Twelve weeks. It’s a school term. A season. A financial quarter.
It’s also the amount of time left until my life changes forever.
That’s me and my increasingly large, round stomach. I’m 28 weeks pregnant with a baby boy. I’m due on April 18, Good Friday.
I haven’t said anything on the blog until now because I was scared. The getting pregnant part itself was easy. It happened immediately upon starting to try. But what no one prepares you for is that little relief comes from seeing a positive pregnancy test. You’re astonished, thrilled, then you hear about the miscarriage rate for the first trimester. You remember friends who have conceived and lost the baby. You see blood — a common occurrence in the early part of pregnancy — and you immediately panic. “I’m losing my baby. This little life I created is threatened.”
Even when I saw my baby and heard the heartbeat for the first time, I still continued to be afraid.
I would feel relief after every scan and then as it crept up toward my next appointment, the fear would settle in again. What if there was no heartbeat this time? What if he wasn’t growing on track? I stupidly read pregnancy forums and got lost in the stories of women who’d miscarried late in the first or early to midway through the second trimester. There was no safe time, I convinced myself. Even as the 12-week mark neared — the socially acceptable time to announce your pregnancy to the public –, I was afraid to tell everyone. I could think of nothing more horrifying than dealing with the grief of losing a baby, even one still in fetus stage, and then having to tell dozens of people.
But I stayed pregnant. With every scan, I saw my baby, watched him move, saw him waving his hand, felt him flip-flopping in my stomach. We got pictures and confirmation that “it” was a “he.” I’d thought I was having a girl because of a dream I’d had before I even got pregnant. But I’d always wanted a little boy. I found out on my own and let Brendan know when he came home from work with cupcakes decorated in blue M&Ms.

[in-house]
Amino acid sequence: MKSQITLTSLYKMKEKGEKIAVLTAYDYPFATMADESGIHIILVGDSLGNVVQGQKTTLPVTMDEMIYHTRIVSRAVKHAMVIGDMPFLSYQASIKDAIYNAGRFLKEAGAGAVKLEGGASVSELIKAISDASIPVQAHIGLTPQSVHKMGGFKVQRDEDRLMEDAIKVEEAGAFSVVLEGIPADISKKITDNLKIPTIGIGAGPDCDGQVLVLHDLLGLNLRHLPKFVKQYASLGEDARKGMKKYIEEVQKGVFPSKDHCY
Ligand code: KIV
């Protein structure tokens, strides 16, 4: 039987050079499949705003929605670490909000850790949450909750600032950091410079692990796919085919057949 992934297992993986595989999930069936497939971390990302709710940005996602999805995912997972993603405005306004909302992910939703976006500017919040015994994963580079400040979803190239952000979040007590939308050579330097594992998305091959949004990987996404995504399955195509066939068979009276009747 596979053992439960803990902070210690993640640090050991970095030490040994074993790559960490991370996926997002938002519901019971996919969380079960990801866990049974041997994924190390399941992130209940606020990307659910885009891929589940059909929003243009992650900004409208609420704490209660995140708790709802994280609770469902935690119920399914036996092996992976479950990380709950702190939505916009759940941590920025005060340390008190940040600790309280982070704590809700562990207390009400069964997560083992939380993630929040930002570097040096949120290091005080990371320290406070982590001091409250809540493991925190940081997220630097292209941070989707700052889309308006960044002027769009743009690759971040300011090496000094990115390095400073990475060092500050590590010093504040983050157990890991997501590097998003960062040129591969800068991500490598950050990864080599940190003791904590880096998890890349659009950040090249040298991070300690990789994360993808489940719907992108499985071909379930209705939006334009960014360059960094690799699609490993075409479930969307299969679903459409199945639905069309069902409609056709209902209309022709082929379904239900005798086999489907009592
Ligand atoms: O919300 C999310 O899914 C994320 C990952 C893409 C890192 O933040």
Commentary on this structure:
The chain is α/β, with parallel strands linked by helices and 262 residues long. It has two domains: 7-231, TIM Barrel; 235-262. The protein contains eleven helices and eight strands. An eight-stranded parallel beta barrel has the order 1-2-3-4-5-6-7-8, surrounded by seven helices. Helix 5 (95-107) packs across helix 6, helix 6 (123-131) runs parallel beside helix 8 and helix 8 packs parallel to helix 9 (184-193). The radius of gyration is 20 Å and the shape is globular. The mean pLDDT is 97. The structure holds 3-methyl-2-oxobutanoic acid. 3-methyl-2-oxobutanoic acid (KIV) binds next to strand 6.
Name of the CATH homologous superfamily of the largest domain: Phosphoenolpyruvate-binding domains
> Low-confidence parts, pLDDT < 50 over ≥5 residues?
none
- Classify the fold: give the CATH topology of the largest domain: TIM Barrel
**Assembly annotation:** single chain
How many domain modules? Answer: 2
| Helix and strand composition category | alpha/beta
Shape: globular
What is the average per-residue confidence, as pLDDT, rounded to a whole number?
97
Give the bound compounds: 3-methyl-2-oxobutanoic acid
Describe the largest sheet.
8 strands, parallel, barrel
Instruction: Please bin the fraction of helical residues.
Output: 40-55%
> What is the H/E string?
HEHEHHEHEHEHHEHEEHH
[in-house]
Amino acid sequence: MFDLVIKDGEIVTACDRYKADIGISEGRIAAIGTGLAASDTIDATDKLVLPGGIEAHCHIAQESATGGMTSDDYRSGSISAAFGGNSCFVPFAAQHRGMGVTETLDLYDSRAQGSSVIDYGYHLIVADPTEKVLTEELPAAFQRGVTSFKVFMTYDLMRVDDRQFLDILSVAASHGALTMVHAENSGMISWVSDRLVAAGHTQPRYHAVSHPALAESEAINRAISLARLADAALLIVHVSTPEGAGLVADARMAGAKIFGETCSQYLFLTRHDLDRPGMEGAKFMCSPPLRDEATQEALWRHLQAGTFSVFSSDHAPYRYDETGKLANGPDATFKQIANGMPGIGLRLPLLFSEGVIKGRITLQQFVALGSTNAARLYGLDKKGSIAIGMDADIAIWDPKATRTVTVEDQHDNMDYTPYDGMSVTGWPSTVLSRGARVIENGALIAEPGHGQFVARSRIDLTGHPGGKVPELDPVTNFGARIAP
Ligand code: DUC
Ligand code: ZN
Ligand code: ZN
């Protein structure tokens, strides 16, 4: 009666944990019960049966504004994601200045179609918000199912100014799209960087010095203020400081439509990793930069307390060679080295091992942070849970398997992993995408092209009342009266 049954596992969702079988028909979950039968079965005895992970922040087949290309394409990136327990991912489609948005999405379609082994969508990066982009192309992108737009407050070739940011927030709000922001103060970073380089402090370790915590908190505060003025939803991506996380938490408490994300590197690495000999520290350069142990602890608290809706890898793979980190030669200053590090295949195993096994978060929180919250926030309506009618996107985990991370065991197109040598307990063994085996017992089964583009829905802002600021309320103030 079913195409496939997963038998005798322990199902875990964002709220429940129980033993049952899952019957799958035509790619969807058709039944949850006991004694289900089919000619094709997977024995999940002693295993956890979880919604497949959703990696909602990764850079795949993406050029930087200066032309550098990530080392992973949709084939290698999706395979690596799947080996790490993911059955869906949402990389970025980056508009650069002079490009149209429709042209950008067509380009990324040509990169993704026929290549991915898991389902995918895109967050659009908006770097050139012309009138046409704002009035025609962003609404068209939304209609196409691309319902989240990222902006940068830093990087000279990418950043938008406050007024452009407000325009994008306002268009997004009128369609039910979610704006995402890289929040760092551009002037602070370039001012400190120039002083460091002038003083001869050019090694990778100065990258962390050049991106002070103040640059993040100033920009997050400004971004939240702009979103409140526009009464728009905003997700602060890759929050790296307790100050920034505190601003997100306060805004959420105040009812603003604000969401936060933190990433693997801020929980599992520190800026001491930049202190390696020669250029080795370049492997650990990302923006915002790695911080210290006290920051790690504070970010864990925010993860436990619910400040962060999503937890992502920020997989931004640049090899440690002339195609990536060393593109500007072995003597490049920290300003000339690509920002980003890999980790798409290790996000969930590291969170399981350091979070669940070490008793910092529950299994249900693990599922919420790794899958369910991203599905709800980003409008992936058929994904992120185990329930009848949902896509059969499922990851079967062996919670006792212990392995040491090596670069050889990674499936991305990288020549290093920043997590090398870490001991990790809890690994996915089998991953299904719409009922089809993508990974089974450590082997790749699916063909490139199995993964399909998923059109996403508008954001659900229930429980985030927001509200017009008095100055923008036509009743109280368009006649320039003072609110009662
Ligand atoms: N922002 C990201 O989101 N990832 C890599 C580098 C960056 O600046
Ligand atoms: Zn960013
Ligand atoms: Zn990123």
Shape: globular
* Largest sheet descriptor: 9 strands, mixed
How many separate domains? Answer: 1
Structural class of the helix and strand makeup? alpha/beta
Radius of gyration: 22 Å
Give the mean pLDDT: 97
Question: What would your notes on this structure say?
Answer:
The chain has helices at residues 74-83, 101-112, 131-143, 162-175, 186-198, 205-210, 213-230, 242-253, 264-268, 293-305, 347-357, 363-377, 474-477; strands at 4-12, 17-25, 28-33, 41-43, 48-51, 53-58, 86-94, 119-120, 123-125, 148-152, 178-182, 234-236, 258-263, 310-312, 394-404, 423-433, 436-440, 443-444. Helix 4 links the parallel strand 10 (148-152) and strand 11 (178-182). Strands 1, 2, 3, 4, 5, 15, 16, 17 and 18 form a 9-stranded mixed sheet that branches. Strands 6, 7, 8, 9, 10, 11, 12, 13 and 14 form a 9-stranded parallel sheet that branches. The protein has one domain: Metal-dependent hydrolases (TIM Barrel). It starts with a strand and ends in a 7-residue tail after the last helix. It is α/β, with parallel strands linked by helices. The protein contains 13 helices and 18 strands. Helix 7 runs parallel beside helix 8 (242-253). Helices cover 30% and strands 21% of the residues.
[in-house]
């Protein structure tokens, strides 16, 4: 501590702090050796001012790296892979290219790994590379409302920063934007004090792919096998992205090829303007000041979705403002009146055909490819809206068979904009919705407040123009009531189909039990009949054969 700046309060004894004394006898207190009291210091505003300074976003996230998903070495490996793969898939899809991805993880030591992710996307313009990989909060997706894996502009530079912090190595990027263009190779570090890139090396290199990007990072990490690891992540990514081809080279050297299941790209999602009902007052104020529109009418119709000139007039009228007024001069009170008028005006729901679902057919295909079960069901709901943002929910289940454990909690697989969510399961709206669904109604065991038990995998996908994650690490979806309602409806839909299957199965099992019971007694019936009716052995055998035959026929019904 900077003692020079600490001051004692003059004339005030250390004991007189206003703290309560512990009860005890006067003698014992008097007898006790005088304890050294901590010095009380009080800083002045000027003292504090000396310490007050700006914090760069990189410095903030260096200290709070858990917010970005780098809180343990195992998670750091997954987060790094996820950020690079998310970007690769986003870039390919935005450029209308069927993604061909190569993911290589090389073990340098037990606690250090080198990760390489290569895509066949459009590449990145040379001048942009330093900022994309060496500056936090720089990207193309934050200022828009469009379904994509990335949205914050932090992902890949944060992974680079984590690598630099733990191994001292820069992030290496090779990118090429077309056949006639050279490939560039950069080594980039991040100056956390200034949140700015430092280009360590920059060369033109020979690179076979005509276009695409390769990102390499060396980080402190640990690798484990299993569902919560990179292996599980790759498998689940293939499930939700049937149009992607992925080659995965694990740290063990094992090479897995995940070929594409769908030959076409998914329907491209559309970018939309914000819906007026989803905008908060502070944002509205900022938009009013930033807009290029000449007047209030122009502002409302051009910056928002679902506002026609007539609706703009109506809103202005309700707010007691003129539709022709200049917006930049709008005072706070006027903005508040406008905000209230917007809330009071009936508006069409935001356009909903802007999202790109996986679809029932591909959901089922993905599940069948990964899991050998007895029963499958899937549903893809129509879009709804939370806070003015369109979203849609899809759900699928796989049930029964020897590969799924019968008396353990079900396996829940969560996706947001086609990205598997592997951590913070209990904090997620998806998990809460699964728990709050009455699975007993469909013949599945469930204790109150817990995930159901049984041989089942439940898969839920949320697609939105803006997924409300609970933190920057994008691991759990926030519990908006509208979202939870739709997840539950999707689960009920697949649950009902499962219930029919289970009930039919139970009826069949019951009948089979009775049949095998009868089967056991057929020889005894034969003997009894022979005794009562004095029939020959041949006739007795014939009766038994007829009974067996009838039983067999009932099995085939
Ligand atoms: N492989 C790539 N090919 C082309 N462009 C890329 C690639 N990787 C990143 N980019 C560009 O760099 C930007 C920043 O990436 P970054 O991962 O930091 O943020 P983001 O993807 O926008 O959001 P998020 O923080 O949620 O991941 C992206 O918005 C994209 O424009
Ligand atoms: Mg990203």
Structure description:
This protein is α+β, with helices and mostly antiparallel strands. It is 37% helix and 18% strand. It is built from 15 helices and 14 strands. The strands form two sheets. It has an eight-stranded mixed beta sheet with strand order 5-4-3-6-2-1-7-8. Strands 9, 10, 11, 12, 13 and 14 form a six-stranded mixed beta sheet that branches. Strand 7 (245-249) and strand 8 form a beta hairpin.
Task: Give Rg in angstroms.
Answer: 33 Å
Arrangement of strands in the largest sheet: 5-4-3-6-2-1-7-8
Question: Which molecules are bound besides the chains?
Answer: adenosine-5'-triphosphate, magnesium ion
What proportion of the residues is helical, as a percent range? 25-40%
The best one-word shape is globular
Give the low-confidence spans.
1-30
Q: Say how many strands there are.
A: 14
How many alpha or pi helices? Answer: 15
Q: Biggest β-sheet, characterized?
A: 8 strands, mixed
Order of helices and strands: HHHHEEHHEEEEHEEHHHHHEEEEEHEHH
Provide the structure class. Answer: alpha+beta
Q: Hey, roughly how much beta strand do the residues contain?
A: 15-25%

It’s been a good pregnancy, and I feel lucky. I’ve continued to work out moderately a few times week, still go out in the city, travel. For the most part, I’ve taken good care of myself — though carbs and sweets can be hard to resist when you have raging hormones and a little being siphoning all the energy out of you. I’ve been on track with weight gain. I switched to decaf. I don’t have gestational diabetes. From this point forward, I will see my doctor every two to three weeks, and then weekly.
This is really happening. If my baby were to be born today, he’d have a good chance of surviving. But I hope he stays in there and bakes a little while longer.
Several people told Brendan and I to wait a while to have kids, to enjoy a honeymoon period in our marriage. We consider our time in Australia our honeymoon, even though we weren’t married for most of it. We are ready to be parents. And even if we had stayed in Australia, I still think I’d be expecting right now.
I know life is about to change drastically. I know there are things I will miss, logistics that will constantly need to be considered, scheduled going out time, scheduled couple time and a house full of stuff this little person needs to grow and thrive. I will be exhausted, Brendan will be exhausted. We will argue. I’ll worry about losing the baby weight. I’ll worry about being a good mother. I’ll worry about mothers groups and daycare and pre-school and doctor’s appointments and strange rashes on my baby’s butt. I’ll worry about letting certain people around my child, germs, the type of food we will feed him.
It’s an honor to me, to get to be a mother. There are many people who desperately want children and never get the chance for a wide variety of reasons. I am getting the chance. And I will remind myself how lucky I am during every night I don’t sleep, every cry that seems to go on forever and every weekend night I sit at home taking care of a little person I helped make instead of going out.
It will be hard. It will be wonderful.